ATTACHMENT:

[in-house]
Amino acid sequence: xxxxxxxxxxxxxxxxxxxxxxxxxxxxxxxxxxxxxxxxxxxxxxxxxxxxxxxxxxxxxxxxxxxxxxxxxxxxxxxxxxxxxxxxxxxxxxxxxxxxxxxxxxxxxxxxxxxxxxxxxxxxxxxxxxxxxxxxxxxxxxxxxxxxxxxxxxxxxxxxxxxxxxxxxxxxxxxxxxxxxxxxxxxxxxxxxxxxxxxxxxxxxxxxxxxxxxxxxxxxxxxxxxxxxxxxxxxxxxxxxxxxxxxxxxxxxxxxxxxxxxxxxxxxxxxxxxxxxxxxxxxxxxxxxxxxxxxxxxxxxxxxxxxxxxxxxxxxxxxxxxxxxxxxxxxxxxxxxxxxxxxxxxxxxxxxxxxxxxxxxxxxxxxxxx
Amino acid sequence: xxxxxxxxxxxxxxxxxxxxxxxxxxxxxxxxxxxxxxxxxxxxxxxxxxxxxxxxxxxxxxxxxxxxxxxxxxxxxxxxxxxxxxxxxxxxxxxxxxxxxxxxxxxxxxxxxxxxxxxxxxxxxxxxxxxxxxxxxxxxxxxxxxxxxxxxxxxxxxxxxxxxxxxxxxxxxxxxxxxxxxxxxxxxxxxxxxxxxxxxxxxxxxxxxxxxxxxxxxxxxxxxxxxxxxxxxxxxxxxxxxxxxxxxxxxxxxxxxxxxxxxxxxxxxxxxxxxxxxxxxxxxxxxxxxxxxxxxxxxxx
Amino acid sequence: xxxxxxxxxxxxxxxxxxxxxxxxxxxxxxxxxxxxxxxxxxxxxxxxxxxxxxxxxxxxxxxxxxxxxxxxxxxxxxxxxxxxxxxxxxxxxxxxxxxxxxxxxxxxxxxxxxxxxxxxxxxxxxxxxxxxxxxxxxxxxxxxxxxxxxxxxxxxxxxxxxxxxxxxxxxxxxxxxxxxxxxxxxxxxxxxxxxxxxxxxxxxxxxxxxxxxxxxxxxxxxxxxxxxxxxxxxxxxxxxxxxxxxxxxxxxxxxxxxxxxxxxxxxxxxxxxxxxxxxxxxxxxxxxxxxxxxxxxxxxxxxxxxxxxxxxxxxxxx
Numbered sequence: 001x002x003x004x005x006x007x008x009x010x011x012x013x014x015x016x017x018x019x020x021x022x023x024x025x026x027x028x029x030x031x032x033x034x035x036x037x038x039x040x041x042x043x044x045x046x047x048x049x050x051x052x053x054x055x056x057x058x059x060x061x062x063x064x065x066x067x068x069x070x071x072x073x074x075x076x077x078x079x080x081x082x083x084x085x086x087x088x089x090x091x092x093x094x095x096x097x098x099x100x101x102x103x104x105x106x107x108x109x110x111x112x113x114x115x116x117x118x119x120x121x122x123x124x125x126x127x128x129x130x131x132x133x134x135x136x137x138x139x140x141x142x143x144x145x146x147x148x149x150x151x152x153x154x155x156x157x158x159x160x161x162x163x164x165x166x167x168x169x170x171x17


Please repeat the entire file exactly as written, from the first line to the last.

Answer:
[in-house]
Amino acid sequence: xxxxxxxxxxxxxxxxxxxxxxxxxxxxxxxxxxxxxxxxxxxxxxxxxxxxxxxxxxxxxxxxxxxxxxxxxxxxxxxxxxxxxxxxxxxxxxxxxxxxxxxxxxxxxxxxxxxxxxxxxxxxxxxxxxxxxxxxxxxxxxxxxxxxxxxxxxxxxxxxxxxxxxxxxxxxxxxxxxxxxxxxxxxxxxxxxxxxxxxxxxxxxxxxxxxxxxxxxxxxxxxxxxxxxxxxxxxxxxxxxxxxxxxxxxxxxxxxxxxxxxxxxxxxxxxxxxxxxxxxxxxxxxxxxxxxxxxxxxxxxxxxxxxxxxxxxxxxxxxxxxxxxxxxxxxxxxxxxxxxxxxxxxxxxxxxxxxxxxxxxxxxxxxxxx
Amino acid sequence: xxxxxxxxxxxxxxxxxxxxxxxxxxxxxxxxxxxxxxxxxxxxxxxxxxxxxxxxxxxxxxxxxxxxxxxxxxxxxxxxxxxxxxxxxxxxxxxxxxxxxxxxxxxxxxxxxxxxxxxxxxxxxxxxxxxxxxxxxxxxxxxxxxxxxxxxxxxxxxxxxxxxxxxxxxxxxxxxxxxxxxxxxxxxxxxxxxxxxxxxxxxxxxxxxxxxxxxxxxxxxxxxxxxxxxxxxxxxxxxxxxxxxxxxxxxxxxxxxxxxxxxxxxxxxxxxxxxxxxxxxxxxxxxxxxxxxxxxxxxxx
Amino acid sequence: xxxxxxxxxxxxxxxxxxxxxxxxxxxxxxxxxxxxxxxxxxxxxxxxxxxxxxxxxxxxxxxxxxxxxxxxxxxxxxxxxxxxxxxxxxxxxxxxxxxxxxxxxxxxxxxxxxxxxxxxxxxxxxxxxxxxxxxxxxxxxxxxxxxxxxxxxxxxxxxxxxxxxxxxxxxxxxxxxxxxxxxxxxxxxxxxxxxxxxxxxxxxxxxxxxxxxxxxxxxxxxxxxxxxxxxxxxxxxxxxxxxxxxxxxxxxxxxxxxxxxxxxxxxxxxxxxxxxxxxxxxxxxxxxxxxxxxxxxxxxxxxxxxxxxxxxxxxxxx
Numbered sequence: 001x002x003x004x005x006x007x008x009x010x011x012x013x014x015x016x017x018x019x020x021x022x023x024x025x026x027x028x029x030x031x032x033x034x035x036x037x038x039x040x041x042x043x044x045x046x047x048x049x050x051x052x053x054x055x056x057x058x059x060x061x062x063x064x065x066x067x068x069x070x071x072x073x074x075x076x077x078x079x080x081x082x083x084x085x086x087x088x089x090x091x092x093x094x095x096x097x098x099x100x101x102x103x104x105x106x107x108x109x110x111x112x113x114x115x116x117x118x119x120x121x122x123x124x125x126x127x128x129x130x131x132x133x134x135x136x137x138x139x140x141x142x143x144x145x146x147x148x149x150x151x152x153x154x155x156x157x158x159x160x161x162x163x164x165x166x167x168x169x170x171x17